Published 1 August 2023
This document costs National’s current policy proposals for the next election and compares it with the unallocated funding available in future Budgets.
The size of National’s current commitments exceeds the available funding in the operating allowances by $3.3bn–$5.2bn. This estimate does not include billions worth of policy promises that are too vague to quantify. This spending creates a fiscal gap that would need to be filled with additional revenue, additional borrowing, asset sales, or additional spending cuts above what has already been announced.
This exercise does not claim to be a full accounting of National’s policies. It cannot be, due to the vagueness of many of their commitments. However, even the numbers currently available do not add up.
To date, National has committed around $2 for every $1 that is available. This figure makes the most generous assumptions possible for National’s spending programme. It also assumes that no additional spending will be announced by National in the lead-up to the election. This analysis should therefore be considered as the absolute minimum for the spending gap.
National’s announced spending cuts only cover their own proposed new expenditures. Cuts to public services would likely be necessary as a consequence of their currently unfunded tax cuts.
This creates several questions for National to answer:
- What are the details and costs of National’s committed but uncosted policies?
- What is the total fiscal impact of National’s policy platform?
- What would National cut to balance the books?
Budgets and elections are about choices. National should be clear about the choices that it will be making on behalf of New Zealand if elected.
On 19 July 2017, the Labour Party launched its Fiscal Plan ahead of the 2017 Election. That plan set out a fully costed and externally audited plan of expenditure for the incoming Labour-led Government. It demonstrated how Labour would manage its expenditure within the Budget Responsibility Rules. John Key launched the National Party’s spending plans on 3 August 2008. Oppositions that want to show they are ready to form a government provide fully costed plans for the public well ahead of the election.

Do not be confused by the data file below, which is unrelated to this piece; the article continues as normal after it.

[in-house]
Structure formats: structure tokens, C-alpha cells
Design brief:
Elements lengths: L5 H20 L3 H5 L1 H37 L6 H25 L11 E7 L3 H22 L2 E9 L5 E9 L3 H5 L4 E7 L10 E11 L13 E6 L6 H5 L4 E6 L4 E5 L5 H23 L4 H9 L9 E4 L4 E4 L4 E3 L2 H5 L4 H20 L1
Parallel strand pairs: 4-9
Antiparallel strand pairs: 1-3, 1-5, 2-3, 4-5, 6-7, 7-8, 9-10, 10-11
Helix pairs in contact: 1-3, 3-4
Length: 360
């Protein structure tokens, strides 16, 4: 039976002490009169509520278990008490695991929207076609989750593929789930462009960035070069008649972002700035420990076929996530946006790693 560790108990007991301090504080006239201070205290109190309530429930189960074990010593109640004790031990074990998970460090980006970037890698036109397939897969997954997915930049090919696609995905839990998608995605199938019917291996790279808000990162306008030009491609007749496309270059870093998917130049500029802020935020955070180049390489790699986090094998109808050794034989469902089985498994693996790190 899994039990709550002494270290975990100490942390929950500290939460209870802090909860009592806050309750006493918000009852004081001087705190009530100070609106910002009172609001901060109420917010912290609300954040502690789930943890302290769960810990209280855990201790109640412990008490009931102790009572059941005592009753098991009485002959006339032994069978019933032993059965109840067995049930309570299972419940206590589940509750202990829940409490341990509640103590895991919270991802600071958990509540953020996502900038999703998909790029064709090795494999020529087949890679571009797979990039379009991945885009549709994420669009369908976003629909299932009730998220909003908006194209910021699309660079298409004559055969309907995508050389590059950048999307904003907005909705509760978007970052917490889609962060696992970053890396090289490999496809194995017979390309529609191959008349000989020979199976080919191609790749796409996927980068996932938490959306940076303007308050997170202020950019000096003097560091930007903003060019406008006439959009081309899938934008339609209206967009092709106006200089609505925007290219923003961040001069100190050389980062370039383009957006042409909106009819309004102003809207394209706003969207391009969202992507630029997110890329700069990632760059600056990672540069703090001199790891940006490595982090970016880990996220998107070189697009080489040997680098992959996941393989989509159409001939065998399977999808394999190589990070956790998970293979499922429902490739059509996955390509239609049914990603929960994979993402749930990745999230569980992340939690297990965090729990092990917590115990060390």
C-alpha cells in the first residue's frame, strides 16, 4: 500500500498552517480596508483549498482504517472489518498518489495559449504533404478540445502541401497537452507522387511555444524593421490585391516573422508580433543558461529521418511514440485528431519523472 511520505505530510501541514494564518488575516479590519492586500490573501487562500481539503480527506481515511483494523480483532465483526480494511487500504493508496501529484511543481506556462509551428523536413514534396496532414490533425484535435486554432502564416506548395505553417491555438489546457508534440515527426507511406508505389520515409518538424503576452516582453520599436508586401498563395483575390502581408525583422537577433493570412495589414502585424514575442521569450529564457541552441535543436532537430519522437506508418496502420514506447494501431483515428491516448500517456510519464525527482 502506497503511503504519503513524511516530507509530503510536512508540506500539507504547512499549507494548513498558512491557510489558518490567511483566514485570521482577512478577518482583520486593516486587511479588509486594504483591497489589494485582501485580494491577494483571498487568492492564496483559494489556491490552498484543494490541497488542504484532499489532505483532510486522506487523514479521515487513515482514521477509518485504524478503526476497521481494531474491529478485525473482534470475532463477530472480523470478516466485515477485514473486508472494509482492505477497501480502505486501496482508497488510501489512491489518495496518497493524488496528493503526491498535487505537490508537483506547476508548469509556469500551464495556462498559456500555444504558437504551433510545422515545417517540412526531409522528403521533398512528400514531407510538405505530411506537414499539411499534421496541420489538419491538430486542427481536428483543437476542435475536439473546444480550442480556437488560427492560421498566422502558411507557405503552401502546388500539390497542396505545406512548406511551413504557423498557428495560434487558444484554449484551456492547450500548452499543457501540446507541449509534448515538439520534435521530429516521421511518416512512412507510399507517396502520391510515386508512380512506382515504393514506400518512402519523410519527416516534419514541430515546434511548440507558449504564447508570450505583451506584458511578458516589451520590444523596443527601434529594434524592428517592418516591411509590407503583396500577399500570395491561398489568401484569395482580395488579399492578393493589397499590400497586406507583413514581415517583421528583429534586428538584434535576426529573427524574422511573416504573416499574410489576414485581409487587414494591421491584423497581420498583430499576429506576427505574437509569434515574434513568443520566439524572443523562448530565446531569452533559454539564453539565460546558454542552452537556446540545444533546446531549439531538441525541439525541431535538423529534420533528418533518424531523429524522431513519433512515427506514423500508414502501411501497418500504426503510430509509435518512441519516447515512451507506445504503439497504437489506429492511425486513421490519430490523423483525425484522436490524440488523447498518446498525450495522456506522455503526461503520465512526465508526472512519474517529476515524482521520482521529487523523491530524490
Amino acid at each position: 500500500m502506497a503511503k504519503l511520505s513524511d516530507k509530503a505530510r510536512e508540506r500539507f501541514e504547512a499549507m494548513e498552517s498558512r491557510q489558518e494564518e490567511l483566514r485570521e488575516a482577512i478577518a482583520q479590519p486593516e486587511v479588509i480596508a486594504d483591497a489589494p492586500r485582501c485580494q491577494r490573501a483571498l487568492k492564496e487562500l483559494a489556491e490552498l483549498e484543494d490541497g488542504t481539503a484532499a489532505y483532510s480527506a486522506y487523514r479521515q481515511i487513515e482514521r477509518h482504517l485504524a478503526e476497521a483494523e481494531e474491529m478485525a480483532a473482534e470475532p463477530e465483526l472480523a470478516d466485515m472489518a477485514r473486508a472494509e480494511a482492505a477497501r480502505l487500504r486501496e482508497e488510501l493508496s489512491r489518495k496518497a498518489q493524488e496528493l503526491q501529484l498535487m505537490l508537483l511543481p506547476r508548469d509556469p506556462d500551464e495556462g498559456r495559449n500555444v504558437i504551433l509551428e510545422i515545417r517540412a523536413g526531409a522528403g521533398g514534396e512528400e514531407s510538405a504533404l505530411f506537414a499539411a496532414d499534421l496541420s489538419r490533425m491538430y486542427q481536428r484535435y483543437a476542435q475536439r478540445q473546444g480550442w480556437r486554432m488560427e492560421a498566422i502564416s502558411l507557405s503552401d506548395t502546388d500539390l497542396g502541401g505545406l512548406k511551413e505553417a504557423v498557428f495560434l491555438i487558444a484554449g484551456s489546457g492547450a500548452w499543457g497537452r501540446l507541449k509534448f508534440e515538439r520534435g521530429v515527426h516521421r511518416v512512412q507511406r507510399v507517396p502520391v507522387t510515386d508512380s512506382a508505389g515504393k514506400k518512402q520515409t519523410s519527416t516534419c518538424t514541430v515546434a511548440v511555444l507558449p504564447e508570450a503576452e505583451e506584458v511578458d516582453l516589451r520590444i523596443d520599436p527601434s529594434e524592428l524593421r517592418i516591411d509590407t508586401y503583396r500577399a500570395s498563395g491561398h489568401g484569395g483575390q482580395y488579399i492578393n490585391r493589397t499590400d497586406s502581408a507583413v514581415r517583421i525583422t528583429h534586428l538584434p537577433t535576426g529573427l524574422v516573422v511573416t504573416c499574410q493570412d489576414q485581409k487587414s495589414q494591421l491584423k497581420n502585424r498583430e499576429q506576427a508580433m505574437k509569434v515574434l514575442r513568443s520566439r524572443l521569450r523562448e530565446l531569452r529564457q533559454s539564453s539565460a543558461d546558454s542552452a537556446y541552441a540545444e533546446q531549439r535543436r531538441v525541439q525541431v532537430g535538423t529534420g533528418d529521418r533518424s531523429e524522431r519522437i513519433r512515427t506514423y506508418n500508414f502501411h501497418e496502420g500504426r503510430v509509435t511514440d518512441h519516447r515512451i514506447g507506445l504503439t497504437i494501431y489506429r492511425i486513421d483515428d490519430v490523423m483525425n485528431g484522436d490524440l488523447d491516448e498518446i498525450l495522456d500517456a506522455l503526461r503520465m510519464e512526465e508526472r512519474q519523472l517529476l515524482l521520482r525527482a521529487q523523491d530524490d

We are now at a similar point in the electoral cycle, and yet there is no Fiscal Plan or spending document from the National Party ahead of the 2023 election. This is despite the National Party receiving repeated requests to present a plan well ahead of the election, as they themselves had promised.
National has stated many times that it will fund tax cuts while delivering new investment every year on core services such as health and education. When asked how it will pay for those tax cuts, National has claimed it would ‘cut wasteful spending’ without stating what that spending is, or what impact it will have on future Budgets.
The public has no clear understanding of what the National Party would really change in terms of spending, nor how its plans would add up. In short, National is denying the public the chance to make an informed choice ahead of the next election.
The NZCTU has highlighted the costs of the National Party’s proposed tax changes, particularly those associated with the tax thresholds. The National Party accepted those calculations. We have also collected the various commitments made by the National Party as part of this campaign. Our hope is to start to fill that information gap for the public.
The National Party could solve this problem tomorrow. They could release their policy costings, fiscal strategy, and expected Budget. Given the claims they have made about the affordability of their plans, they should be in a position to show this. If they cannot, then they either don’t know, or don’t want the public to know what their plans are. Neither option is acceptable from an opposition party hoping to form the next government.